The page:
This week has been crazy. Here is a brief recap for all of you.
Day 1: We started early (5am) and made our way to Volcano Irazu. Although the weather was fair in San Jose, it got worse and worse and by the time we reached the volvano, we had a reduced visibility -we were in the clouds- and rain. We believed it would clear up, and we were right. We even got a few good pictures! :)
There were nothing much to do up there so we headed earlier than planned to Turrialba, some 50km south of Irazu. We still had most of the day for us, but it was pouring rain, so we rested and chilled. getting ready for our rafting excursion.
Day 2: Another early wake up as we were ready to go by 5am :) By this day, we knew our days would start early and that bed time would be equally early. We would later be surprised if we'd last until 8pm...
We started the day by exploring the Monte Claro trail, full of exotic plants and giving us a first taste of a jungle like environment.
After our breakfast, Pablo and Julian came to pick us up in their van, for our rafting day. We'd be paddling in the rafting with Pablo while Julian would ensure our safety should any of us got into the water. Like this is gonna happen. Yeah Right.
Moments later, our raft was 90 degrees vertical about to capsize after hitting "el muro de los lamentos". Yumi and Pablo fell first while Thomas still had one foot into the loop. Soon after fighting it free, he remembered Pablo's wise words "if you feel something heavy on your head, it probably is the raft...". We were fine, apart from Julian shouting at us, to reach the shore ASAP and the raft left with only one oar :)
We found ourselves sunburned at the end of the day, but it was all worth it. The fauna and flora are amazing and we cannot wait to be surrounded by it.
We are heading to the Jungle now, but before that, we have one last stop: Dominical
Day 3: We decided to stay in Turrialba after rafting as we didn't want to be in a hurry. We are on holidays after all. We took the "Interamericana", the highway which link North to South America. This highway is in fact a mountain road where the truck reach crazy speed and overtake you with no visibility just before a turn. It really felt like Thomas was driving on one of these good old Corsican roads :)
Dominical is -in the raining season- a ghost town full of man-eating mosquitos. Nothing really exiting really, we had the luxury of having a fan in our room, and that is the only reason why we took this room, otherwise we would have camped. There was no air and it was 40 degrees, so we took the room.
Day 4: Going to Puerto Jimenez!
Driving there was an experience in itsef. Bridges straight out of Indiana Jones' movies and wild atmosphere.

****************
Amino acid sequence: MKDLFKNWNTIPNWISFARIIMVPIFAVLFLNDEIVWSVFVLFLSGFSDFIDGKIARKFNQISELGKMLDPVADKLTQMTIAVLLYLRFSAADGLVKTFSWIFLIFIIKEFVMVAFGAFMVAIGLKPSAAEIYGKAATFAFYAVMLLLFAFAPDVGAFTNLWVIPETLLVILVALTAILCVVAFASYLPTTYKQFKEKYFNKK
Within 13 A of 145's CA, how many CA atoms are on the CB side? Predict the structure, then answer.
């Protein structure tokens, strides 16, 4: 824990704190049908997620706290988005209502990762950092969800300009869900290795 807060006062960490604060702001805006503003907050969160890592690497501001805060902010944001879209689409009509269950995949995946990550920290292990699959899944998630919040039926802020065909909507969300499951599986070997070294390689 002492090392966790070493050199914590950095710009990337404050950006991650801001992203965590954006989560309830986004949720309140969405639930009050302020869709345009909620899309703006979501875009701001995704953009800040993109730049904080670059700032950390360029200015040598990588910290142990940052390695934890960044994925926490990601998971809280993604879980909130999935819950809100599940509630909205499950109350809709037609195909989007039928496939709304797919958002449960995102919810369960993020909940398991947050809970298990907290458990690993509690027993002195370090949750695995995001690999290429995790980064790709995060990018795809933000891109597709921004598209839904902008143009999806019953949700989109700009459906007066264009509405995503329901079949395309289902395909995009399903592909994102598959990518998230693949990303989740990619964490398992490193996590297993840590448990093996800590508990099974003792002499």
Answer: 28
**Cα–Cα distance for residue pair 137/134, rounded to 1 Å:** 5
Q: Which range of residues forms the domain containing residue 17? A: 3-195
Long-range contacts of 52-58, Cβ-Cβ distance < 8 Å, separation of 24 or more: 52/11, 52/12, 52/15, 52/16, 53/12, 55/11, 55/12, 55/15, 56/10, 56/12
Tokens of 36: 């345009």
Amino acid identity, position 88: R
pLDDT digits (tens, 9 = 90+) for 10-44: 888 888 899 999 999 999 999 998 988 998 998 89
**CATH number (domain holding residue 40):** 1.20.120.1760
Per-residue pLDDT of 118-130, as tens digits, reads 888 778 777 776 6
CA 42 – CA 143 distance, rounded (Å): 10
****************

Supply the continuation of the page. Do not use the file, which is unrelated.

When we arrived in PJ, we had no clue where to sleep and how to get to the jungle.
We finally found a small place called "Cabinas Marcelina", left our stuff there and went for local food. PJ is not a touristy place. There is nothing to do there, apart from passing by and go to Corcovado.
Day 5: on our way to the...Park, as the locals call it.
The plan is simple: waking up a dawn, take the bus, to a place with no name, then get a lift to a lodge where horses are waiting for us. After riding the horses for 2h, and crossing about 40 rivers, we arrived at Los Patos.
It is only 11am so we still have most of the day! We quickly set up the tent, realise our stove is not working and take a good hour to take it apart, rebuild it, test it, and take it apart again. Our pumps is dead! Not nice.
We'll have to improvise and after speaking to the local ranger, we manage to get some boiling water to mix with our dried food.
In the afternoon, we decide to explore the surroundings of the station, go for a swim near a little waterfall and walk all the way to the old ranger station, some 4km away from the new station. It doesn't seem hard, but walking 8km in a very hilly and muddy area is not so easy! At 7pm we are exhausted and go for some deserved sleep. We are getting mentally ready for the 21 gruesome km which await us tomorrow.
Day 6: Crossing the jungle!
We knew it wouldn't be easy, but we didn't expect to take some 9h to reach the West side of the peninsula. Reaching the clearing and seeing Sirena station was great. We were lost for about 4h but kept going west. We may not have been too lost after all when we found the track again and the last strech was easy... and flat.
We found out afterward that very few people go from Los Patos to Sirena, or if they do, they have a guide. Some guides there called us "Locos" :) We met some nice and crazy people at the station and decided to stay another day in Sirena to walk around.
We tagged along a group of students with their guide as we were all going the same way: Rio Claro. the "safe river" as opposed to the one called Rio Sirena where bull sharks and crocs meet to feast on fish.
It was a surprise to see a big croc in the safe river, so we headed inland to be able to swim and relax.
Thomas learned that day that you can swim with alligators. They would avoid you as you are bigger than them. To be honest, he won't try this.
Day 7: Nothing much that day. we explored a few trails around Sirena and met Mike and DAve, 2 american guys. We decide to join them and walk with them the following morning to go to La Leona, the last station before leaving the jungle...